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Towards Higher Voltages : Optimization of 4H-SiC Devices

Time: Fri 2024-06-14 10.00

Location: Ka-Sal B (Peter Weissglas), Kistagången 16, plan 2, Kista

Language: English

Subject area: Information and Communication Technology

Doctoral student: Zimo Yuan , Elektronik och inbyggda system

Opponent: Professor Mike Jennings, Swansea University, Swansea, UK

Supervisor: Professor Anders Hallén, Elektronik och inbyggda system; Professor Carl-Mikael Zetterling, Elektronik och inbyggda system; Mietek Bakowski, Research Institute of Sweden

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QC 20240522


Silicon carbide (4H-SiC) devices find extensive use in power applications due to the wide bandgap and high thermal conductivity. High-voltage Schottky diodes and MOSFETs have been available for commercial use for more than a decade. Much effort is now focused on reducing production costs and increasing the reliability and long term operation for 1-3 kV devices. This thesis focuses on three key problems for next generation of higher voltage and larger current 4H-SiC devices: i) reaching the ideal breakdown voltage of the material under reverse bias by a proper designed termination structure, ii) obtaining the best balance between on-state and switching losses of bipolar devices by localized lifetime control, iii) testing the radiation tolerance of MOSFETs and understanding the physical mechanisms of single event effects.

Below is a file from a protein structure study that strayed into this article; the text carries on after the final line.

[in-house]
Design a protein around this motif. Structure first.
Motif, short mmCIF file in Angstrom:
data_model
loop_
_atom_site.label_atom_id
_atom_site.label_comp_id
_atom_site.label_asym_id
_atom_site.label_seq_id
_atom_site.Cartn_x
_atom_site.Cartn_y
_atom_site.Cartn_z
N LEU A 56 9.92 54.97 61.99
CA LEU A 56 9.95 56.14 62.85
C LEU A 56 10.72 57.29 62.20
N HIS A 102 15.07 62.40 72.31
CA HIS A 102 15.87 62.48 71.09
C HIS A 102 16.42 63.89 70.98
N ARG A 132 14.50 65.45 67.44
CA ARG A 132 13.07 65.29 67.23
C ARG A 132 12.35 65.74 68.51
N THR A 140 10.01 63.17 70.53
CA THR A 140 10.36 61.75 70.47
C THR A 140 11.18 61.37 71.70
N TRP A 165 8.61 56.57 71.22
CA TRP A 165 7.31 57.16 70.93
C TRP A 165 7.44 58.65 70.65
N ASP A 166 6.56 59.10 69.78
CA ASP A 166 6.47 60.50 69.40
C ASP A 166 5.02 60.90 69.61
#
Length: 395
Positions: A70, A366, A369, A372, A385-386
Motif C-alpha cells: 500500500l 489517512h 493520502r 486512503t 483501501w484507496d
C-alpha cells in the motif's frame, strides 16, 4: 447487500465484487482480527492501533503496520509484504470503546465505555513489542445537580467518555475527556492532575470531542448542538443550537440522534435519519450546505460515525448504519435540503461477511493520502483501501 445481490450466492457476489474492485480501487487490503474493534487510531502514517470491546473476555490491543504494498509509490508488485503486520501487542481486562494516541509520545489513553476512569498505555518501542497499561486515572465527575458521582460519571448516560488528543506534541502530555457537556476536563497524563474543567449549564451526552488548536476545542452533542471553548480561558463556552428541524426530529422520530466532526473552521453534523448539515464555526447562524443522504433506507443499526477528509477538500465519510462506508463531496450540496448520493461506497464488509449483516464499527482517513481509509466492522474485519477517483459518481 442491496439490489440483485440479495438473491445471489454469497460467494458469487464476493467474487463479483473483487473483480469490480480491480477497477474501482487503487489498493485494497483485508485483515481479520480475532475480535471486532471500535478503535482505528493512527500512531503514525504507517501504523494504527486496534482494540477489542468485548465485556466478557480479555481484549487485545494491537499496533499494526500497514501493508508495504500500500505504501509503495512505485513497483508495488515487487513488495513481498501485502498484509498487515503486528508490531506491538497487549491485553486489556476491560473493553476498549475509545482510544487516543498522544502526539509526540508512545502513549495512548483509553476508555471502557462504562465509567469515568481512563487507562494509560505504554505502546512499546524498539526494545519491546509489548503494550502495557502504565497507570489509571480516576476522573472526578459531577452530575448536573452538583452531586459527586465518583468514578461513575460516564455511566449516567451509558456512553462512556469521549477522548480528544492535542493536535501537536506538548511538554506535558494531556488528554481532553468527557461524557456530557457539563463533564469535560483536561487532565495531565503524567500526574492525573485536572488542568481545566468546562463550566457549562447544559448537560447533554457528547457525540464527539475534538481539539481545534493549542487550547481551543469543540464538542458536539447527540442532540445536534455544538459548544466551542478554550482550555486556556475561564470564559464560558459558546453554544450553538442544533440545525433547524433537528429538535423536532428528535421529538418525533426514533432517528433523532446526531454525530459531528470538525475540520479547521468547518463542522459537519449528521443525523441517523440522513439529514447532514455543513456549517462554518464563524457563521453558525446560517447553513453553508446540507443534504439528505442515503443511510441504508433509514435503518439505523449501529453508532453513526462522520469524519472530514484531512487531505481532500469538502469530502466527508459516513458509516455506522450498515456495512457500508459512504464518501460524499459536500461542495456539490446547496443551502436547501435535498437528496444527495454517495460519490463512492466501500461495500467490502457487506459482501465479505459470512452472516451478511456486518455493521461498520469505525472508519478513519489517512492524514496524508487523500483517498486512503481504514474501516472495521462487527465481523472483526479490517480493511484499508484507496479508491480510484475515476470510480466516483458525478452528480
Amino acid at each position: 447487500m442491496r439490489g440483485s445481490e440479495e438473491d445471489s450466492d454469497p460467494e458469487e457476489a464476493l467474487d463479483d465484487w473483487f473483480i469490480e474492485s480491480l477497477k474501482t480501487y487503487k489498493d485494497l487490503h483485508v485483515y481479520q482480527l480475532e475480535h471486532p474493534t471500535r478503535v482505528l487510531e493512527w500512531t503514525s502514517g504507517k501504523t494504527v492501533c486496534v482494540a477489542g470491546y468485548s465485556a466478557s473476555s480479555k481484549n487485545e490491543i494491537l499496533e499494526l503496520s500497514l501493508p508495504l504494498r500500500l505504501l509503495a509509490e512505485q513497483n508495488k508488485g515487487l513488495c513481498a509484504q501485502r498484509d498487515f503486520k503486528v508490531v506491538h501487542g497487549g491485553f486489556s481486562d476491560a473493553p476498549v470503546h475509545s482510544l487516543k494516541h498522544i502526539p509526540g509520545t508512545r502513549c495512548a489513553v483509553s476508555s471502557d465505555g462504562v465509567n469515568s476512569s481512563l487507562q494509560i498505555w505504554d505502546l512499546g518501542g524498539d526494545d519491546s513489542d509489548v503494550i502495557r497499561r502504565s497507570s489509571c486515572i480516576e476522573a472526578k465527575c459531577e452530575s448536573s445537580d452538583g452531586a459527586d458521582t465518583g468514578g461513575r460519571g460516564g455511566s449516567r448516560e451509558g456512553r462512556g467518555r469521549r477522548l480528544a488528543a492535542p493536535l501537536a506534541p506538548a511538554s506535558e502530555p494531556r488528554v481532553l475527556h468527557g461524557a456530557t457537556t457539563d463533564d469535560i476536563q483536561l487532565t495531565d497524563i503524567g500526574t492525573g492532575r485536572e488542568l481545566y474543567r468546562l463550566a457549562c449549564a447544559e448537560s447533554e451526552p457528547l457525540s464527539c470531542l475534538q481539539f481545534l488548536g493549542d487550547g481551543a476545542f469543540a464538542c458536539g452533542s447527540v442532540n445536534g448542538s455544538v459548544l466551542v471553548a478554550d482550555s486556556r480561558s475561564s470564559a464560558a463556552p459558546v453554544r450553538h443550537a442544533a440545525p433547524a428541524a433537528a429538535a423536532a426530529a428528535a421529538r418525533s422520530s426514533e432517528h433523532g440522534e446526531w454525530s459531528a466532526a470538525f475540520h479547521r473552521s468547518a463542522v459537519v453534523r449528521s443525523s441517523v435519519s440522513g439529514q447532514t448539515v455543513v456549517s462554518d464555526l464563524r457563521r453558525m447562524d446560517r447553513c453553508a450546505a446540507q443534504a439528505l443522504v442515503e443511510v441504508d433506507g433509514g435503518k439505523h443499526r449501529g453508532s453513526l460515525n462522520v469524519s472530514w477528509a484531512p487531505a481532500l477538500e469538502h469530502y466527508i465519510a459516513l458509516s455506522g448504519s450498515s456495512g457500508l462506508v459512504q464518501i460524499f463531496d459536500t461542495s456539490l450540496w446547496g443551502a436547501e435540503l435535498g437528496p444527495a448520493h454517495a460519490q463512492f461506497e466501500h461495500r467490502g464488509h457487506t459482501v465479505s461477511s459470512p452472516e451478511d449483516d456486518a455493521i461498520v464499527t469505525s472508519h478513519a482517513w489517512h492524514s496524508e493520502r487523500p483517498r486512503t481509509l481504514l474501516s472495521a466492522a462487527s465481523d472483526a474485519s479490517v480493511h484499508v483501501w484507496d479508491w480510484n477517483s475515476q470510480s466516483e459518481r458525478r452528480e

This thesis starts with an introduction after which the experimental work and methodology for lifetime control and radiation tests are described (Chapter 2). The theoretical base and the physical models specified for 4H-SiC are discussed (Chapter 3). The results generated during the thesis work are summarized in the following three chapters. Chapter 4 reviews the current status of termination designs and different types of structures are evaluated from reliability and fabrication considerations. A buried junction termination extension (buried-JTE) structure, where implanted JTE zones are buried under a thin field buffer layer, has been proposed and simulated, resulting in a uniform field profile at the semiconductor/oxide interface. Simulation results also show that this structure will improve the area efficiency and reduce the effects of surface charge. In Chapter 5, a design process of lifetime control by MeV proton implantation for bipolar devices has been presented. The improvement on turn-off losses of 10 kV PiN diodes has been tested by both reverse recovery measurements and simulations. A process flow of physical simulations, based on deep level transient spectroscopy (DLTS) data for defects, has also been proposed, in which the lifetime profiles can be tailored by adjusting proton energies and fluences to reach the optimized device trade-off between on-state and turn-off losses. In Chapter 6, alpha particles of low doses have been used to irradiate 3.3 kV 4H-SiC MOSFETs to trigger single event burnout (SEB) failures. In this experiment, SEB threshold voltage, output characteristics and leakage current are characterized before and after the irradiation. The MOSFET cell used for the experiment has also been modelled to study the mechanisms of SEB, which typically occurs within nanoseconds after the irradiation and cannot be captured experimentally. The recently initiated radiation hardness experiments clearly indicate an SEB effect, but the linear energy transfer (LET) from the alpha particles in experiments cannot generate an SEB in the simulations. This discrepancy, and possible roads for future research are discussed in the concluding Chapter 7.